Bright and positive from the off, there was a crispness and tempo to Boro's play that stood in marked contrast to some of the more staid performances in recent weeks. Defenders snapped into tackles, midfielders passed the ball quickly and attackers made a succession of runs.
Venus' instructions were clearly to move the ball forward at pace, not a direct style as such, but a rejection of the mantra of passing for passing's sake and an invitation for Boro's wide players in particular to put their opponent under pressure.
The effects of a new dawn? Possibly. Although it also helped that the Teessiders had an eighth-minute lead to enrich their sense of freedom.
The goal came from the kind of swift attacking move that was supposed to be the preserve of Mowbray, but which has gradually lapsed from the Riverside play book over the course of the last ten confidence-sapping months.
Kamara picked up possession in his own half, and after slipping out of a tackle, lofted a precise through ball behind the Doncaster defence.
Adomah, whose two goals at Barnsley proved too little, too late to save Mowbray, raced on to it, and with a confidence that belied the troubles of the last week, lofted a deft chip over the stranded Ross Turnbull.
With Carayol, Emnes and Adomah dribbling at every opportunity, the Doncaster defence found themselves pulled all over the field.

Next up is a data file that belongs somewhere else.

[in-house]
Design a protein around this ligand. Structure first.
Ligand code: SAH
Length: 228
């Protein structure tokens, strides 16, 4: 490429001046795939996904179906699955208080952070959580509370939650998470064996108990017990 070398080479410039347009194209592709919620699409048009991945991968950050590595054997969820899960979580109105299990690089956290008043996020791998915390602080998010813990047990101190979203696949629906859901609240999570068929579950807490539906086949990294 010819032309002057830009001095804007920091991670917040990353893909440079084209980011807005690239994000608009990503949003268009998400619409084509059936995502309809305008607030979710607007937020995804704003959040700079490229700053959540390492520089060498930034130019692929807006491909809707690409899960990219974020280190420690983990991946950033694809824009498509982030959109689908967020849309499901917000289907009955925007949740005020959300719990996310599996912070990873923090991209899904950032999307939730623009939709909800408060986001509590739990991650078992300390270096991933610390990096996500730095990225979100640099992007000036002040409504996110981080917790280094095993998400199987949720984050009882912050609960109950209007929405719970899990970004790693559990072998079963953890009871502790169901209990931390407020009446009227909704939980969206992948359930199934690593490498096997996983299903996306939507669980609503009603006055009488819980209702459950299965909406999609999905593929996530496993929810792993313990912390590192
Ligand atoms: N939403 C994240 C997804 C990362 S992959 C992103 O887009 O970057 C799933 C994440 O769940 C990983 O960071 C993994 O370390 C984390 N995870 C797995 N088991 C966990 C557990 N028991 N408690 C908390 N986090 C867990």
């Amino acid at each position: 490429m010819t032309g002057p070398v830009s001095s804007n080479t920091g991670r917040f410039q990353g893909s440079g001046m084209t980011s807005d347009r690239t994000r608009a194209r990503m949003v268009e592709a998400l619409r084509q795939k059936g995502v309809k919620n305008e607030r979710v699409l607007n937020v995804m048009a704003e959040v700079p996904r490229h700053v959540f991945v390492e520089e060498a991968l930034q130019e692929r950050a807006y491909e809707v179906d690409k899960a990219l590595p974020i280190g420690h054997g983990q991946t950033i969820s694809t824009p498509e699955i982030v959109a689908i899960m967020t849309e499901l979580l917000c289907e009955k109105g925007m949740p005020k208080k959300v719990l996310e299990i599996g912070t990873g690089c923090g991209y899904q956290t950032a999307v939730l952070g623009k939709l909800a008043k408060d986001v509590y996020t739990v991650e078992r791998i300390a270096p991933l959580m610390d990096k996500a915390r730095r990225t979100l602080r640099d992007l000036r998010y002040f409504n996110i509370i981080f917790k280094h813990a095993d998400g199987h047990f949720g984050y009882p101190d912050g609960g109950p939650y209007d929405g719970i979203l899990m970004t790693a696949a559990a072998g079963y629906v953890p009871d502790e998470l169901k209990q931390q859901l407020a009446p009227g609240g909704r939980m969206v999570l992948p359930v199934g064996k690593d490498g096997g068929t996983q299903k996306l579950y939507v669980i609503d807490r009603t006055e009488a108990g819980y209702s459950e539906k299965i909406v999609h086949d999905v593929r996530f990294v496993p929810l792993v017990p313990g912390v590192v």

Kamara failed to find the target with a 24th-minute header, before Carayol wasted a glorious opportunity three minutes later, blazing over from 12 yards after Emnes' intelligent lay off teed him up in the box.
It was only a matter of time before a second goal arrived, however, and when it came nine minutes before the break, it was Adomah once again doing the damage.
Smallwood clipped over an inviting cross from the left, and Adomah stole ahead of his marker to direct home a close-range diving header.
Mowbray fought tooth and nail to prise the winger from Bristol City, and Adomah's record of five goals from his last three matches suggests his faith was not misplaced. If only a few more of the former manager's acquisitions had proved as successful.
Boro's two-goal interval lead was no more than they deserved, with Doncaster restricted to a handful of long-range efforts despite occasionally threatening to unsettle a Boro backline that featured four centre-halves.
The greatest scare came a minute after the interval and was completely self-inflicted, with Rhys Williams slicing an attempted clearance from Mark Duffy's free-kick dangerously close to his own goal.
For a brief ten-minute spell, Boro threatened to wobble, but they quickly regained their composure and extended their lead midway through the second half.
Kamara's movement caused problems throughout, and after stealing unmarked to the back post, the Sierra Leone international turned home Grant Leadbitter's deep free-kick after it bypassed the entire Doncaster defence.
Former Sunderland striker Chris Brown struck the post with nine minutes left, but Ayala ensured Boro would have the final say, powerfully heading home Leadbitter's corner just two days after leaving Norwich on loan.
Comments are closed on this article.